Lebanese protesters are still calling for the downfall of the political elite, although a year of rallies has so far failed to spark a full-blown revolution. The country is still reeling from the deadly Beirut blast.
Anti-government protesters rallied across Lebanon on Saturday, marking a year since hundreds of thousands of people first came out on streets to protest taxes, corruption and poverty.
"We will continue no matter what," read one placard at the protests in Beirut, as thousands of people chanted "Revolution, revolution."
The protests first broke out after people people disappointment with the government boiled over last October. With minor changes, the ruling elite has been in power since Lebanon’s 1975-1990 civil war. While the rapidly deteriorating economic crisis and a collapse of the currency were the main driving force for the protests that rocked the country, the situation has only gotten worse since then.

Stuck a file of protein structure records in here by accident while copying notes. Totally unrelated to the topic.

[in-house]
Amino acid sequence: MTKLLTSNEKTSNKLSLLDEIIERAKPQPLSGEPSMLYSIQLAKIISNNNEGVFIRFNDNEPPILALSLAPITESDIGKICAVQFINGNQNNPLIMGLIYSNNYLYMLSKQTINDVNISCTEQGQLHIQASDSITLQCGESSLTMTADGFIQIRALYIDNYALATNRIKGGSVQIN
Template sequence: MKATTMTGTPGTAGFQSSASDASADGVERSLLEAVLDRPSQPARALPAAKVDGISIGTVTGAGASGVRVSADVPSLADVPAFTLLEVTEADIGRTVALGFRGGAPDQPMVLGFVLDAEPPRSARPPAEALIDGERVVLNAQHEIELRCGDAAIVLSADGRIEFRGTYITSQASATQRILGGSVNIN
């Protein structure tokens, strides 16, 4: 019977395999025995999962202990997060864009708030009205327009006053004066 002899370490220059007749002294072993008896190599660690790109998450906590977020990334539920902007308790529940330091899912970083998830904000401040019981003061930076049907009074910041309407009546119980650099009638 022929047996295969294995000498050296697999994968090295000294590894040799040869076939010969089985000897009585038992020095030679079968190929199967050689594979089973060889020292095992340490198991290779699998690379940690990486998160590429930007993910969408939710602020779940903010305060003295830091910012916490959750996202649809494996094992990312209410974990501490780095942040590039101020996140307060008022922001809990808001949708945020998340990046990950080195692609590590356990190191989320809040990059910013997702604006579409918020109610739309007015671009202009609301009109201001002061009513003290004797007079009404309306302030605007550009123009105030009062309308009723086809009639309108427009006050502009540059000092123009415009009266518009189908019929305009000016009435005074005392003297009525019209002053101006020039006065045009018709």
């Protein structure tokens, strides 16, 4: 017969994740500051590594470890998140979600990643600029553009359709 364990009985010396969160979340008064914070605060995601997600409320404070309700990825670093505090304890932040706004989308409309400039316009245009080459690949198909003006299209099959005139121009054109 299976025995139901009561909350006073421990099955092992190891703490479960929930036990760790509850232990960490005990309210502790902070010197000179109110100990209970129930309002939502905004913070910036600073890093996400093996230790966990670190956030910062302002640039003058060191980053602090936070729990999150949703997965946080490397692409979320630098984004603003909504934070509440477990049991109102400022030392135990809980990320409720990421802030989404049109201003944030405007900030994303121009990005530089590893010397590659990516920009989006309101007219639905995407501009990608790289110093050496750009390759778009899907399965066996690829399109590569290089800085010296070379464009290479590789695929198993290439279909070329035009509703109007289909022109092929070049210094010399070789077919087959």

The country faces an uncertain future with no stable government in place, which has further amplified the damage caused by the coronavirus and the massive August 4 explosion at the capital city’s port. The blast has killed over 190 people and injured 6,00 more.
While marches seem to have taken a backseat in the current political and economic climate, protesters maintain that the movement will continue. They demand the resignation of President Michel Aoun.
"The revolution did not die," said activist Rabih al-Zein, as protesters took to the streets of Beirut, Tripoli, and other cities. "We can hold this corrupt authority accountable and the proof is we brought down two governments."
In Beirut, protesters marched near the central bank and parliament, before continuing down to the site of the devastating August blast. A candlelight vigil marked the exact time when ammonium nitrate exploded at the port.
Protesters lit a massive structure that was erected in memory of the victims of Beirut's deadly August blast.
Protesters lit up a massive metal statue that was installed in the memory of the victims of the port blast. They also hung effigies of the country’s leaders.
"Maybe coronavirus slowed us down, but we will be back on the streets stronger and very soon," said protester Nicole Bustany.
see/dj (Reuters, dpa, AP)